A Time for Giving Thanks, Happy Fall Y’all
Whether you call it fall, autumn or harvest, the third season of the year is the favorite for many people. Landscapes are dotted with fall foliage in shades of yellow, red, orange and browns. The weather is comfortable; it is sandwiched between hot summer and freezing winter. It is the perfect time to enjoy outdoor activities such as nature walks, hiking, camping, hayrides and fall festivals.
Things begin to slow down a bit. Less lawn maintenance must be done on weekends as growth of grass slows. Yes, there are leaves but that is not necessarily a bad thing. There is time to grab a mug of hot mulled apple cider and sit to watch colorful, crunchy leaves falling, children and pets playing in the piles, and squirrels scurrying to store acorns for the winter.
As temperatures cool, we warm the house and spend more time indoors. We make plans to gather with friends and family for holidays to pass on traditions, enjoy warm comfort foods and express our gratitude for blessings received.
The bountiful fall harvest provided by the earth is another reason fall is a special season. Texans are blessed to live in a state with one of the longest growing seasons in the country. Fall crops ripen to provide an abundance of produce such as apples, pears, and grapes, as well as spinach, broccoli, turnips, beans, potatoes, kale, squash, sweet potatoes and pumpkins – just in time for Thanksgiving dinner.
Festive Fall Decorations
Fall provides beautiful flowers and produce that can be used to decorate inside and outside.
- Use wild muscadine grape vines.
- Weave into a circle – wreath.
- Bundle pieces of similar size and length and tie with a ribbon.
- Create swags by weaving together long or short vines.
- Place inside on mantels or tables.
- Place outdoors. Drape over doors or porches.
- Embellish vines with seasonal flowers or strings of small lights.
Dried tree branches
- Select ones that look like small trees.
- Place bottom of branch in a pot.
- Spray paint.
- Add strings of small lights.
- Seasonal produce
- Place in a cornucopia.
- Arrange in a container.
- Use apples, pears, grapes, squash, small pumpkins, potatoes, and indian corn, etc.
Pumpkins and gourds – endless sizes, textures, colors and shapes
- Place in containers such as crates.
- Combine with other decorations.
- Create groupings of various sizes, textures shapes and colors.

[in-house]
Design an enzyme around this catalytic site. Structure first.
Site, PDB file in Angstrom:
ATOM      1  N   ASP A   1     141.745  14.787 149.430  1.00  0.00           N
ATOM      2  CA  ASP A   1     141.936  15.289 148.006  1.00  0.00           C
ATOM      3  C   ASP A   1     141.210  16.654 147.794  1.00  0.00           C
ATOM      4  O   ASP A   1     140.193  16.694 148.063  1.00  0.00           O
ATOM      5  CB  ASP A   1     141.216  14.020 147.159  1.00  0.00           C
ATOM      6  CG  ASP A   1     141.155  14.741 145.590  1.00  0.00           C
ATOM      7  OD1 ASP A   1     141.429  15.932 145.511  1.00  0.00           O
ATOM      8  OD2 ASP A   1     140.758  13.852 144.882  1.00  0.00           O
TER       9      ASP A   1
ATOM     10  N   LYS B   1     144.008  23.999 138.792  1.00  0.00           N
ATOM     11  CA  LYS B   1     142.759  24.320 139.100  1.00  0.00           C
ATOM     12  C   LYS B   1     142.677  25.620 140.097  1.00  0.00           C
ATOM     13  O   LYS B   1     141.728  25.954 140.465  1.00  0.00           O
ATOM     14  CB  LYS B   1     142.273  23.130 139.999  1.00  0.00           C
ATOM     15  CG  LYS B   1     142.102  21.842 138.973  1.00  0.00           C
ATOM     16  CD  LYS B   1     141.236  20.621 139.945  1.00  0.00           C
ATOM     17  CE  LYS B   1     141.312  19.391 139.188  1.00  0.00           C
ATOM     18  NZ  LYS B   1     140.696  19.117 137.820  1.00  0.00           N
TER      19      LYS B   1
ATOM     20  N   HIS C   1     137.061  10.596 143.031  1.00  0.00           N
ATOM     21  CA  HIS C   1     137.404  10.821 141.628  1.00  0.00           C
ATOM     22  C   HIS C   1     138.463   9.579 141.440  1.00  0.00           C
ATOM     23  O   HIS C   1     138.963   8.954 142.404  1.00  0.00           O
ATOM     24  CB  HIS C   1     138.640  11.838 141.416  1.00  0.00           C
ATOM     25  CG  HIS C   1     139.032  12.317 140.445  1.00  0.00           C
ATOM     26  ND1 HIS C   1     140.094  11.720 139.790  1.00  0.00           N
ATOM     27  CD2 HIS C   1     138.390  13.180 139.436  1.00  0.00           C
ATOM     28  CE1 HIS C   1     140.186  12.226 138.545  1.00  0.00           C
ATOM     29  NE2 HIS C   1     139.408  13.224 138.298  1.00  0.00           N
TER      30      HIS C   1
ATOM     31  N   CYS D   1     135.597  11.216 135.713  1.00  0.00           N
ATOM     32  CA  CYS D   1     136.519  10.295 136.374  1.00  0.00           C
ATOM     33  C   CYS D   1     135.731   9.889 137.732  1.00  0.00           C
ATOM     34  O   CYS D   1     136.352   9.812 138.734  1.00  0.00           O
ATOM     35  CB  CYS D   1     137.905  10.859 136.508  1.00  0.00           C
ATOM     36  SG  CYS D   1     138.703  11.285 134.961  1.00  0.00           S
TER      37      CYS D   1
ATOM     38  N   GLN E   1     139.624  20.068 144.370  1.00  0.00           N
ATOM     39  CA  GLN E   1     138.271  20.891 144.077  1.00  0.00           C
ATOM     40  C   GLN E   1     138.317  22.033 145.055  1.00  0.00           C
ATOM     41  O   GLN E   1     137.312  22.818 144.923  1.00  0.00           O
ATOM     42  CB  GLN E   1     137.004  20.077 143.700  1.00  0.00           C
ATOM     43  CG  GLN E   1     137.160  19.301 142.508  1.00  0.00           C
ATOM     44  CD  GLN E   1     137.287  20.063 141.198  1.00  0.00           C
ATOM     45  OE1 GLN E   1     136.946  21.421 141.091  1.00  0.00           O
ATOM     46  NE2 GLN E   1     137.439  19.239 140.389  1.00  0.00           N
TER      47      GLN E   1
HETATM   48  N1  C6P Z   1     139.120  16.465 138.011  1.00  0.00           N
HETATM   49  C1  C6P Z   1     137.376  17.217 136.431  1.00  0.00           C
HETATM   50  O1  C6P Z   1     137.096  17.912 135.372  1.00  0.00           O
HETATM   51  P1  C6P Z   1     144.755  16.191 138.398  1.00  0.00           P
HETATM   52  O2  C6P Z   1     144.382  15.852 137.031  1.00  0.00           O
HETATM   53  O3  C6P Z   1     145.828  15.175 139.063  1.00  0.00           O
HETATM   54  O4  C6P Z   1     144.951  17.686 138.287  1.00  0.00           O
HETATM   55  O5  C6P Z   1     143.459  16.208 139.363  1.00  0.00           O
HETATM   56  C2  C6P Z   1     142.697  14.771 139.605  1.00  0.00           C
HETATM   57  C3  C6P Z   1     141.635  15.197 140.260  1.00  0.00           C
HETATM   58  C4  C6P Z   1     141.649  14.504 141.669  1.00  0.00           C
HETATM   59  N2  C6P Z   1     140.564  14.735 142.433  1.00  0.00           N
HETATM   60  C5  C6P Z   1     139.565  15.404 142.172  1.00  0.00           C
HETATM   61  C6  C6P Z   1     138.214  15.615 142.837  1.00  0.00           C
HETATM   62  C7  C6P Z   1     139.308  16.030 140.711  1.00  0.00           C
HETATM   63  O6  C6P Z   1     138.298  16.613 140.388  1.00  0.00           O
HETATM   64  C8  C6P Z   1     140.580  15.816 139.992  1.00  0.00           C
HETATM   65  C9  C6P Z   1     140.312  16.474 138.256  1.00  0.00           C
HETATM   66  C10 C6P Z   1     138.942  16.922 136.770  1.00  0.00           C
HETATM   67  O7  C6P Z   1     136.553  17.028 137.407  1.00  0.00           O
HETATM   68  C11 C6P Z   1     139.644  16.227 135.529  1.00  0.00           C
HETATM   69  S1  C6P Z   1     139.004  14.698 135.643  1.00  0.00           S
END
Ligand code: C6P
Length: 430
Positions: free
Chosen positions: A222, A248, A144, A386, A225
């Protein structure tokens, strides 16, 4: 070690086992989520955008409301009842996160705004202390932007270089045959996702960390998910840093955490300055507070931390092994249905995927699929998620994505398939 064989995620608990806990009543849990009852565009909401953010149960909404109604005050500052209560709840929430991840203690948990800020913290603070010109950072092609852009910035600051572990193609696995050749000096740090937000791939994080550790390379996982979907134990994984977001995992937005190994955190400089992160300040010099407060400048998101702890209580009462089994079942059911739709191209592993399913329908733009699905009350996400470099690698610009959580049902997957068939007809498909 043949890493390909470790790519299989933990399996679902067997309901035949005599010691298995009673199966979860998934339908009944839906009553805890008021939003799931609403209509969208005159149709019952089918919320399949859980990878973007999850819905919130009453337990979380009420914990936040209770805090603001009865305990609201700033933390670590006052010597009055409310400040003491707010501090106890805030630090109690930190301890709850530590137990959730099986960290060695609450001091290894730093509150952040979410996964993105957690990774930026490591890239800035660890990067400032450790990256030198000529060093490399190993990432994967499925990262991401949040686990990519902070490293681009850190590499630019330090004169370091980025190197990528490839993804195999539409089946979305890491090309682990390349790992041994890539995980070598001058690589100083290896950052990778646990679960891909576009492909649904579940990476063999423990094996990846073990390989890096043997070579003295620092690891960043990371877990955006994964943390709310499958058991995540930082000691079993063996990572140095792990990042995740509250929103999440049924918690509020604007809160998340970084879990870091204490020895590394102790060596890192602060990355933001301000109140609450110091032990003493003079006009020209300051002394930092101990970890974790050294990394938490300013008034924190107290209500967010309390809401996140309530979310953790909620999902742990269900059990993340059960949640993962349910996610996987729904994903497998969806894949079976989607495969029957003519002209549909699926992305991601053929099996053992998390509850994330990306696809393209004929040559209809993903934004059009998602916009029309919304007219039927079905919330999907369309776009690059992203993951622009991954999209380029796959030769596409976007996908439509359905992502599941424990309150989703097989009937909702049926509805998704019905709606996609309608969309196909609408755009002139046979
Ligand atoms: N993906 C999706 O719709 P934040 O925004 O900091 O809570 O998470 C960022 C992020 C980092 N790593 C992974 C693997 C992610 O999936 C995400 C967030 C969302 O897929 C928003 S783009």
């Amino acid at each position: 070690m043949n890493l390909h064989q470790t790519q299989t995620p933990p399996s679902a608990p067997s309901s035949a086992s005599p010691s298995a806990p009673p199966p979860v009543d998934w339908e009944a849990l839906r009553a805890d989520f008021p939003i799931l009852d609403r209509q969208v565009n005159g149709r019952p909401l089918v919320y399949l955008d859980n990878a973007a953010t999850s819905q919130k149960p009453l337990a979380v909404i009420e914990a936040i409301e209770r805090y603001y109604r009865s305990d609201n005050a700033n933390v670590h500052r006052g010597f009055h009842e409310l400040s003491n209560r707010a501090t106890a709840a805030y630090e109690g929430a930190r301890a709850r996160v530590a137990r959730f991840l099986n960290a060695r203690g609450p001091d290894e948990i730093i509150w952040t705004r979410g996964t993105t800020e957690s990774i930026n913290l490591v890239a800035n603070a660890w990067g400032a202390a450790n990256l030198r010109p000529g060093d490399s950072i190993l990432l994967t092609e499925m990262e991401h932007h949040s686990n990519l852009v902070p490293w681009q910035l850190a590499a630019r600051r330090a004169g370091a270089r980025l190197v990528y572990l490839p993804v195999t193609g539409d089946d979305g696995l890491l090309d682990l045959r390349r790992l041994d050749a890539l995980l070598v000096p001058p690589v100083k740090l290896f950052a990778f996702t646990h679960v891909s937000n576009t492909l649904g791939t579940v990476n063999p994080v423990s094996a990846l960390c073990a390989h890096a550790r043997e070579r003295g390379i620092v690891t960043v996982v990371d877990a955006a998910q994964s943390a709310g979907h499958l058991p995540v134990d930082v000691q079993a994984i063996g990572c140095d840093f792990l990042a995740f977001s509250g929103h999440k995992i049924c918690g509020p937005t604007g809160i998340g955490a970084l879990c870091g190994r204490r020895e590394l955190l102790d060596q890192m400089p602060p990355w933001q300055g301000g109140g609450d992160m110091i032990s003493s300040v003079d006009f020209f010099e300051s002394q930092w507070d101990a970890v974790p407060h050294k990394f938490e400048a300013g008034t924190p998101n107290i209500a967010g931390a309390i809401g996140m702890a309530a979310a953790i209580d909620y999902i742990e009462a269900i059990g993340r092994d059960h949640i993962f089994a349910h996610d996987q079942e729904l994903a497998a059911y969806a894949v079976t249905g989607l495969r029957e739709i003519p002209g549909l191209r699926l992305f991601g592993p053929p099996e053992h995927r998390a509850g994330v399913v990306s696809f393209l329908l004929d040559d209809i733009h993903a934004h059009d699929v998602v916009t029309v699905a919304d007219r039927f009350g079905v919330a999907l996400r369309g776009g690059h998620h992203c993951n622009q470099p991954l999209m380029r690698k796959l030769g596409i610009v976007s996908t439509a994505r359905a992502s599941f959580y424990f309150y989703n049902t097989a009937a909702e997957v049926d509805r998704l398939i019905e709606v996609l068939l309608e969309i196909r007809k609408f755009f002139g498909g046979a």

- Use as a vase for flower arrangements.
- Prepare Pumpkin as for a jack-o-lantern.
- Place a dish or short vase with water – or wet floral foam inside.
- Put flowers into pumpkin with flower ends in water.
- Carve decorations on sides, put an led candle inside.
- Seasonal flowers such as sunflowers, mums, indian corn, goldenrod, and Texas sage, etc.
- Native plants such as holly, magnolia, yaupon, and oak, etc.
- Place in container with water or wet floral foam.
Fall Comfort Foods
There is nothing quite like a cup of warm apple cider or bowl of pumpkin soup to warm the body and soul and lift the spirits. Fall crops provide the produce needed to prepare cozy comfort foods for holidays and every day. When possible, purchase items from local growers as they will be fresher, more flavorful and will have retained more nutrients. Examples of traditional fall comfort foods include:
- Apple Cider (hot, cold or mulled spice)
- Pumpkin Spice Latte
- Broccoli Cheddar
- Butternut Squash
- Creamy Tomato
- Chicken and Spinach
- Sweet Potato
- Stuffed Acorn Squash
- Chicken Spaghetti Squash
- Sweet Potato
- Broccoli Rice
- Pumpkin and Winter Squash
- Potato Cheese
- Baked Apples
- Poached Pears
- Apple Dumplings, Apple Cobbler
- Pies – Apple, Pumpkin, Sweet Potato, Pecan
- Apple Goodie
- Breads – Pumpkin, Zucchini
- Cakes and Cupcakes – Pumpkin, Apple, Applesauce
- Pumpkin Roll
- Pecan Pie Bars
- Cookies – Pumpkin Chocolate Chip, Applesauce
- Apple Butter
- Pear Butter and Jam
Tasks for Prepping for Winter
- Remove dead annuals and trim perennials; put dead plant matter into compost.
- Mulch vegetable garden soil. Cover or mulch vulnerable plants.
- Harvest frost-sensitive vegetables before the first frost.
- Continue to weed and water-(water well before the first freeze).
- Plant cold weather plants such as carrots, lettuce, greens (cold season) and radish.
- Plant cold weather flowers and herbs.
I would rather sit on a pumpkin, and have it all to myself, than be crowded on a velvet cushion.
-Henry David Thoreau